Barometric Pressure

About 35 seconds after Consumer Price Index data debuted yesterday at 830a ET, Dow Jones futures were up 950 points.

What is the stock market a barometer for?  Inflation was 7.1% instead of 7.3%. The all-time high for blue-chip stocks was 36,952 on Jan 5, 2022.  The Dow was near 35,000 before stocks opened yesterday, 5% away.

Illustration 25481583 / Barometer © Paul Fleet | Dreamstime.com

By the time trading began an hour later, it was still up over 700 points but Dow stocks briefly turned 60 points negative before closing up 100 – a thousand-point swing.

Who knows what happens today with Jay Powell speaking, or tomorrow with index futures expiring and Friday when indexes rebalance and options expire, and next week when VIX derivatives reset right before Christmas.

The WSJ reported yesterday too that the federal deficit set a November record of $250 billion, the net of tax receipts minus an all-time monthly government spending record of $500 billion.

And credit-card debt is at an all-time high, along with consumer credit of all types, the Federal Reserve reported last week. The savings rate is the second-lowest on record at 2.3% of income after spiking near 35% early in the Pandemic.

It’s not the end of the world, but rising debt and rising prices are the enemies of prosperity, not its authors. 

The stock market isn’t a good barometer for what’s happening.

And boom and bust cycles aren’t found in nature. They’re byproducts of managing economic outcomes. They never happened in tribal economies. Eating and drinking and marrying and giving in marriage are perpetual events swept away only by floods of exogenous origin.

Such as floods of money.

And the stock market further obscures reality because so much of its behavior chases what happens in the next seconds.  Machines behind a majority of volume aren’t concerned about earnings in the S&P 500 in Q1 2023.

The stock market is thus a barometer for temporal prices untethered from output.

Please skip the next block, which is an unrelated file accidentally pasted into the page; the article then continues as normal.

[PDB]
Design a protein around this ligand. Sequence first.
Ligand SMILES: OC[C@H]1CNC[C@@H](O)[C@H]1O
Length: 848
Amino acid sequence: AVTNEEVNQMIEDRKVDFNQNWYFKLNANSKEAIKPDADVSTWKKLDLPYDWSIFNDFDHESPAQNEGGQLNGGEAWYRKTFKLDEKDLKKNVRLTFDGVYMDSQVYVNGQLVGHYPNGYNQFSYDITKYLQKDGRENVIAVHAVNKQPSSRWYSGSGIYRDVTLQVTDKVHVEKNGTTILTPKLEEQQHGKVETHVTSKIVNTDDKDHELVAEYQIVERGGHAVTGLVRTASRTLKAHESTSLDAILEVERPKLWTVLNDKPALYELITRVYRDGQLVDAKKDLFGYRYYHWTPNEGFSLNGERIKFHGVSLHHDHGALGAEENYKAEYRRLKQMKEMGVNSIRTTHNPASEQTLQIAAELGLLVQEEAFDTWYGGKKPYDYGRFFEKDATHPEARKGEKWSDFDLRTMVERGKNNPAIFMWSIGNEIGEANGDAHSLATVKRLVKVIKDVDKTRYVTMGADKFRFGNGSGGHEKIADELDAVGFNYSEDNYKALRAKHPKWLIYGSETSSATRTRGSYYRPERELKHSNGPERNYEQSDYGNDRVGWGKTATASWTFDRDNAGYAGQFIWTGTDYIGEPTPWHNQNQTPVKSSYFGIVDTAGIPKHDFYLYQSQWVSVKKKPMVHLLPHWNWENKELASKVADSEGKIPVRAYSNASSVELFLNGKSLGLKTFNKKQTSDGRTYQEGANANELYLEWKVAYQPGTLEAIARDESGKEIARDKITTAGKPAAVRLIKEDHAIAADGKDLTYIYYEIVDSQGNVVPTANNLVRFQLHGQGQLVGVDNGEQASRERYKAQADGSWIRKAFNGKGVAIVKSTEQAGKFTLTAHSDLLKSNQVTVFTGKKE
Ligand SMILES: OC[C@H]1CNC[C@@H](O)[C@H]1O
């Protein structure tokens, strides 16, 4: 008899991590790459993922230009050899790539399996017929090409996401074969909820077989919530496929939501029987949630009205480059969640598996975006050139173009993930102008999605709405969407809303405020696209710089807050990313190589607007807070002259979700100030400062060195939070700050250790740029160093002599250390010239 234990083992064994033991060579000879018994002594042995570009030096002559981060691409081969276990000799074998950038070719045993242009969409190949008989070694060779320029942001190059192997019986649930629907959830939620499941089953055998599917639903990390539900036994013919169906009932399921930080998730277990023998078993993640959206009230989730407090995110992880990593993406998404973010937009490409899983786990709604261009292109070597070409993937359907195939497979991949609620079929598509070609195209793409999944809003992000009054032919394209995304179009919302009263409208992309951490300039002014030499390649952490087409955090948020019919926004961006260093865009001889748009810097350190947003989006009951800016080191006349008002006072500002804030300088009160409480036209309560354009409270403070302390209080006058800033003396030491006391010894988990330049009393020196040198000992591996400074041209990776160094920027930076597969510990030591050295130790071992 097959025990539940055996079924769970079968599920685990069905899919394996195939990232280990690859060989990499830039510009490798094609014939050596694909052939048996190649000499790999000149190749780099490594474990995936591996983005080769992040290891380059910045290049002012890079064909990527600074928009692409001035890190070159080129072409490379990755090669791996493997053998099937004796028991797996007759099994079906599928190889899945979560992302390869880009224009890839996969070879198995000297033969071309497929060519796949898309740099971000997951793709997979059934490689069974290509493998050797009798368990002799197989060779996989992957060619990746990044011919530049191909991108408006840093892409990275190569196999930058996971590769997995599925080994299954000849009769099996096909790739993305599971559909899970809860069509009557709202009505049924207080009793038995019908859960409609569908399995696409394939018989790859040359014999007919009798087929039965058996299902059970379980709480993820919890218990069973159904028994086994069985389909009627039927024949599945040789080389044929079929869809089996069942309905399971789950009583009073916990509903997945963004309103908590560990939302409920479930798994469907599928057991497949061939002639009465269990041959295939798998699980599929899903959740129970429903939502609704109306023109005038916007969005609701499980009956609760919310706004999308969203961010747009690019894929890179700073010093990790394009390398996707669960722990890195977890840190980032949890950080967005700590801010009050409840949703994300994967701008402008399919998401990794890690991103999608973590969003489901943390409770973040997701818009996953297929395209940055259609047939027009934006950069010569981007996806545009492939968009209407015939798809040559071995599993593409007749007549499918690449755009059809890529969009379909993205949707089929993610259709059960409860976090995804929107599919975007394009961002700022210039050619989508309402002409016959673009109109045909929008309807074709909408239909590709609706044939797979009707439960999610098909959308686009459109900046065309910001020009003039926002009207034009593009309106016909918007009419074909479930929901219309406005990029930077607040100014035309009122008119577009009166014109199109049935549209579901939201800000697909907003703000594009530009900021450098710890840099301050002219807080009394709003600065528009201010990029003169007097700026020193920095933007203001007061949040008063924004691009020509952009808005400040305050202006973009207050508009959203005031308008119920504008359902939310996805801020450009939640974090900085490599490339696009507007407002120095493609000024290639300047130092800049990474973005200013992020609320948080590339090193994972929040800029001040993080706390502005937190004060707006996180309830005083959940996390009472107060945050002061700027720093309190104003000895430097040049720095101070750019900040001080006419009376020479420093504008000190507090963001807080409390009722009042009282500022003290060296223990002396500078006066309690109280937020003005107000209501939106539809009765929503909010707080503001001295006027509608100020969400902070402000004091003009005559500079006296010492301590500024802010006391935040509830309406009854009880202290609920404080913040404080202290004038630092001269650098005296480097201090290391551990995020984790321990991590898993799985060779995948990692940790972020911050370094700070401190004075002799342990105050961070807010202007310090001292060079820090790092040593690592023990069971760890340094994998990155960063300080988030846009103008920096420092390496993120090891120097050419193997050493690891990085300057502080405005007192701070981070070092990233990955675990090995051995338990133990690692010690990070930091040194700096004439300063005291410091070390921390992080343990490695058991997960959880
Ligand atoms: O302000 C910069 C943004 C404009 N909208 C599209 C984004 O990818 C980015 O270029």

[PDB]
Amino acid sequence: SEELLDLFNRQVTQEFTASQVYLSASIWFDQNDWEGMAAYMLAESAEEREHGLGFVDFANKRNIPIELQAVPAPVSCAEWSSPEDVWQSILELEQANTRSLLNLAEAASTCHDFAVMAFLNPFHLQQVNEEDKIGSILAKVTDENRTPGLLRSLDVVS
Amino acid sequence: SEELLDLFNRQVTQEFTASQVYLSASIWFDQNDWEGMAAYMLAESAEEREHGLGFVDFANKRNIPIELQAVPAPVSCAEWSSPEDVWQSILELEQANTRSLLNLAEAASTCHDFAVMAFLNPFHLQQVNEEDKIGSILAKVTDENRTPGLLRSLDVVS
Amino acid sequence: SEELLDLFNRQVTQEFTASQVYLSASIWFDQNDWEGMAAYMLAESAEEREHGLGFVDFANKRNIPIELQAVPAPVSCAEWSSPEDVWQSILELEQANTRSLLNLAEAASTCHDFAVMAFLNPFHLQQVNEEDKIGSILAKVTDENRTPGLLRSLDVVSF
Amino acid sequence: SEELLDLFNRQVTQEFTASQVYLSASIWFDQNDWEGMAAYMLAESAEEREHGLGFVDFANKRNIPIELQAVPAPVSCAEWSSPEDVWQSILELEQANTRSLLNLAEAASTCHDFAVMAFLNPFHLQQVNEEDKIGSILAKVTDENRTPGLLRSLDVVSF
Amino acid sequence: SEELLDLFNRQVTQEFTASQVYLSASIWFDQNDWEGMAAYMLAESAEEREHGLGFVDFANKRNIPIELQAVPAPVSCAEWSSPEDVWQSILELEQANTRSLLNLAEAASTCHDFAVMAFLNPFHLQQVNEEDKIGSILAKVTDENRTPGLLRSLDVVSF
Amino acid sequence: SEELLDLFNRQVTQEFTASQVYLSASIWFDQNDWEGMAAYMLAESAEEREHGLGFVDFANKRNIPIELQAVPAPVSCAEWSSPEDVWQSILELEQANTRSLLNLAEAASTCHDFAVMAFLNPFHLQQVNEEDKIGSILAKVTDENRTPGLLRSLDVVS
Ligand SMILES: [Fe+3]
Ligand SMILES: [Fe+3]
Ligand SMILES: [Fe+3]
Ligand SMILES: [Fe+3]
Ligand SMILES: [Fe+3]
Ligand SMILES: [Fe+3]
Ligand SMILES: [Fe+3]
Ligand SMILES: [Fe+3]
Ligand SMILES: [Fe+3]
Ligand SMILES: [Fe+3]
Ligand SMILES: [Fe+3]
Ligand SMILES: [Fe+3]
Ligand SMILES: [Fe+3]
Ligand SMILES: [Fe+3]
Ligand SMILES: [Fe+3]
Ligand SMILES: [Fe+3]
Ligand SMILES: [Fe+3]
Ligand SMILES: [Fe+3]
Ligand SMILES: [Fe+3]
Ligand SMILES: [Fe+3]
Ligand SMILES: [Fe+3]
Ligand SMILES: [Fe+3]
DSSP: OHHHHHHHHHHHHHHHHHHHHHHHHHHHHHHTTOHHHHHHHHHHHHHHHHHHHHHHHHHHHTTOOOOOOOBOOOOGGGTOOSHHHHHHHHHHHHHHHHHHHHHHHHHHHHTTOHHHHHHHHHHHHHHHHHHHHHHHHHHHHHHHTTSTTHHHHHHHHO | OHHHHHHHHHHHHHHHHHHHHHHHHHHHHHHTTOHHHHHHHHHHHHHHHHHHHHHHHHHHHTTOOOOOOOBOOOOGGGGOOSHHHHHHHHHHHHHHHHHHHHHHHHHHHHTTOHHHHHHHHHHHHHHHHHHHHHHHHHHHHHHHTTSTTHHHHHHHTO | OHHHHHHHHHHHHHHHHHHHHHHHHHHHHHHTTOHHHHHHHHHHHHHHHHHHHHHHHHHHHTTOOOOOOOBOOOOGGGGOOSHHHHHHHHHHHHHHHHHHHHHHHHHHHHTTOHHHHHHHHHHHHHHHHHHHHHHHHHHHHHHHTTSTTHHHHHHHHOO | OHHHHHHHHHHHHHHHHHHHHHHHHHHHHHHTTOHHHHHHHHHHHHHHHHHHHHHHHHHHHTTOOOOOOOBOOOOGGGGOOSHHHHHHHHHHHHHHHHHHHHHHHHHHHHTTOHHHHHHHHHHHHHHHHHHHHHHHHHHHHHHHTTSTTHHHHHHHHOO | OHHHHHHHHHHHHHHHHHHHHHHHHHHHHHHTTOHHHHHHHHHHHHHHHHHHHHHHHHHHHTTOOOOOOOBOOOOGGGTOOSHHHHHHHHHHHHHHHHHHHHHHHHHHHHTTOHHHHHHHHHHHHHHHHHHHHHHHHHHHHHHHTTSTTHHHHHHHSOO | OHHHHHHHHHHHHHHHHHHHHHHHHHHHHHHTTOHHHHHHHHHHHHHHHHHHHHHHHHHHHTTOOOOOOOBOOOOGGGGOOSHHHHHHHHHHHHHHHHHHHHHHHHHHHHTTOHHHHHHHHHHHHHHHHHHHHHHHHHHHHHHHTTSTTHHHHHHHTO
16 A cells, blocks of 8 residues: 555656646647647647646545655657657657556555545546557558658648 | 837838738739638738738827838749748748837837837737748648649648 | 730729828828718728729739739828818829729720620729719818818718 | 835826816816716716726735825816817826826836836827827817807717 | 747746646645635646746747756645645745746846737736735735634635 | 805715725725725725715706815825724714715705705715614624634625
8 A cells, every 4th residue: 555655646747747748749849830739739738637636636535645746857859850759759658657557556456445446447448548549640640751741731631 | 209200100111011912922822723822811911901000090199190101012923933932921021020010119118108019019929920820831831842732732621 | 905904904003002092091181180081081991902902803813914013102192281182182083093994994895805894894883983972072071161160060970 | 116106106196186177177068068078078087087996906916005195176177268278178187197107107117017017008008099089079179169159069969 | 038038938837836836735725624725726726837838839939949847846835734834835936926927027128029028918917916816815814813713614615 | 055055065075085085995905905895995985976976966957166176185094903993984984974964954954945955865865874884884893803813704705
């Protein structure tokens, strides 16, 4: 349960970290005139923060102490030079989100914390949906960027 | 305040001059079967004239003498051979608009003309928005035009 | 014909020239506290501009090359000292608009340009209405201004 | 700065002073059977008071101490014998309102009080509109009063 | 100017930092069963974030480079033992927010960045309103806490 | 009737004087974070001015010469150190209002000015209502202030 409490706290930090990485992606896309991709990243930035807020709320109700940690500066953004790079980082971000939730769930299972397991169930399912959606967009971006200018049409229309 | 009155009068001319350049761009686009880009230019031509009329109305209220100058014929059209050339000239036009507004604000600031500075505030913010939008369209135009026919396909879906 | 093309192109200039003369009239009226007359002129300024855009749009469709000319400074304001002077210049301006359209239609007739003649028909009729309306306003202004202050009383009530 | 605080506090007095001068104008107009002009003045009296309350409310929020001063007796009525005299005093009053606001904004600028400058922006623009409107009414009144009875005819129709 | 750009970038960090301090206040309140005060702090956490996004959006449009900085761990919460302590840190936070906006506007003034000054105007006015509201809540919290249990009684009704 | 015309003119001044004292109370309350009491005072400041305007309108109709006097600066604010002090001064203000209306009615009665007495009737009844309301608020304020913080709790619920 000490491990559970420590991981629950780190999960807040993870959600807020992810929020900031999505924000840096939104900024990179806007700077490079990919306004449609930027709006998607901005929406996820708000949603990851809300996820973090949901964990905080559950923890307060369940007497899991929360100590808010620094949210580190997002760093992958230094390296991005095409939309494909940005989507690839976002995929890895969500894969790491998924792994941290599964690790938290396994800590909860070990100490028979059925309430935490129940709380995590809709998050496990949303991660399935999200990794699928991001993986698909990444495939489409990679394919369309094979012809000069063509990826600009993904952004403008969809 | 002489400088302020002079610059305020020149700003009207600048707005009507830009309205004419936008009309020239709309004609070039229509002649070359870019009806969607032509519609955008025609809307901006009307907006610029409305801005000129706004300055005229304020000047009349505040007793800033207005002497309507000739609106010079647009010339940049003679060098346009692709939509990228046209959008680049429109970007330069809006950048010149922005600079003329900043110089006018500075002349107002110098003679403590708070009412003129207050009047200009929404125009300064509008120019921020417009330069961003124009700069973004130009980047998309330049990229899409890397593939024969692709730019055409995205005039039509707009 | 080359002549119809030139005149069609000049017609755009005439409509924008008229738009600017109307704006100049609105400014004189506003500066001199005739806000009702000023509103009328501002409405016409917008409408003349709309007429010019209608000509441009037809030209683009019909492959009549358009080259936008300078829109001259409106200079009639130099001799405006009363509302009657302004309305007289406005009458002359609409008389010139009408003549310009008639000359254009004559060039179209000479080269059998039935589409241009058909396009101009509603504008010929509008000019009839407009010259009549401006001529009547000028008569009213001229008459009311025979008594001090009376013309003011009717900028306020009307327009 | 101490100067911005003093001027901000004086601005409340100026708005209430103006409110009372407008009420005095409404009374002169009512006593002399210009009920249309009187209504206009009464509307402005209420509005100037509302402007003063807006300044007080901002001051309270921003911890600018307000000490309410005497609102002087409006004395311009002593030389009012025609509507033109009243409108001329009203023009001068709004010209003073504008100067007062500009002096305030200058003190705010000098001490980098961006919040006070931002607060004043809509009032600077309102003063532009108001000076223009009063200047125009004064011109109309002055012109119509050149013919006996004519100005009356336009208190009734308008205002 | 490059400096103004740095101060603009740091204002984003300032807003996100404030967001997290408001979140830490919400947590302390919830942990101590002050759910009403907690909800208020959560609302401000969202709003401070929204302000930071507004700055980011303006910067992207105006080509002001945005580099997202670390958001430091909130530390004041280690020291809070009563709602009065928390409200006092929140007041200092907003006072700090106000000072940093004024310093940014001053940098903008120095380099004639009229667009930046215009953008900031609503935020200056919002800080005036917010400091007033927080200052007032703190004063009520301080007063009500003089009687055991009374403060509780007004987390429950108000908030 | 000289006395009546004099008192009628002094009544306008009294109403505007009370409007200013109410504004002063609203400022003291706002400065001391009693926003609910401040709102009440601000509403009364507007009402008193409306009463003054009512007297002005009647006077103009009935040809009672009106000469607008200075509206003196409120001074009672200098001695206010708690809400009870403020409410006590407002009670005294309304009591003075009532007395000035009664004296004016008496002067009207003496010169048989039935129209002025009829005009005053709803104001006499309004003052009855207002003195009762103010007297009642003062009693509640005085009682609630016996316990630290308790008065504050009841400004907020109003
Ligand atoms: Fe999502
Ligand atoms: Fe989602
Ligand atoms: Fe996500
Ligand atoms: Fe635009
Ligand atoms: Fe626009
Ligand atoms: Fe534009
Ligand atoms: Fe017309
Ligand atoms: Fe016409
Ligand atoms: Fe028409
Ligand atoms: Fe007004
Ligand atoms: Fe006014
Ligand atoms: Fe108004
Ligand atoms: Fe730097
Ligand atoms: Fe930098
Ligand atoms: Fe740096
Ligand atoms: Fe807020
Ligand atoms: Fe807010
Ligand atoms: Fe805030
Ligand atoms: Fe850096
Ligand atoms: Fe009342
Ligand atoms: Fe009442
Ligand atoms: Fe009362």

It also fuels the capacity of large institutions to transfer risk. Futures surge or plunge on inflation readings because risk-transfer can occur electronically through derivatives.

Trading once the market opens becomes a race by the parties selling insurance to mitigate its effects.  We see it in the very steep levels of Short Volume – which is Supply, like currency. It’s almost 49%. The entire stock market is a global-macro fund.

Falling inflation, falling oil, are a consequence of the reversal of the dollar’s Pandemic weakness. It would happen if the Fed hiked rates or didn’t. Excess dollars would be absorbed in things, and prices would stall, and fall.

Between May 2021 and Sep 2022, the dollar rose more than 20%. The Fed didn’t start hiking till Mar 2022, a proof.

A strong dollar lowers prices, especially for commodities like oil.  Oil dropped from over $120 in June 2022 to $70 this month.

But since roughly Oct 1, the dollar has lost 10% of its value.  Oil is starting to rise.  And the decline in consumer prices could falter.  It’s conceivable that we could see job-losses and economic contraction at the same time that oil and other prices rise.

Maybe even stocks. I’m not predicting it.  I’m saying the fixation on the medium of exchange makes it possible, and the market reflects that barometric pressure.

There is a risk, however.  Over 60% of trades are odd lots, driving average trade-size near 100 shares in the S&P 500, about the same as the regulatory minimum quote. A material part of all trades on a given day occur in tenths of pennies.

Tiny trades diffuse economic and monetary volatility, creating wide disparity. The stock market can for a long time be a barometer for money and not the economy.

But it means the alignment, at whatever point it comes, can be brutal. The air must go out of one or the other, economy or market, to reset values.

Suppose the Fed shifted from promoting credit to advancing savings?  Rate-hikes are transitory, unlike inflation. It’ll cut rates the moment the economy falters.

But say you got 10% in a savings account. The economy would contract, prices would fall, jobs would be lost, borrowers would default, and the government might have to restructure. But money would buy way more. People would need less credit, less welfare.

That won’t happen.

So, we’ll continue driving a wedge between stocks and reality. The cost may be a violent event for stocks. I’m not predicting it. I’m saying the odds of it have now risen.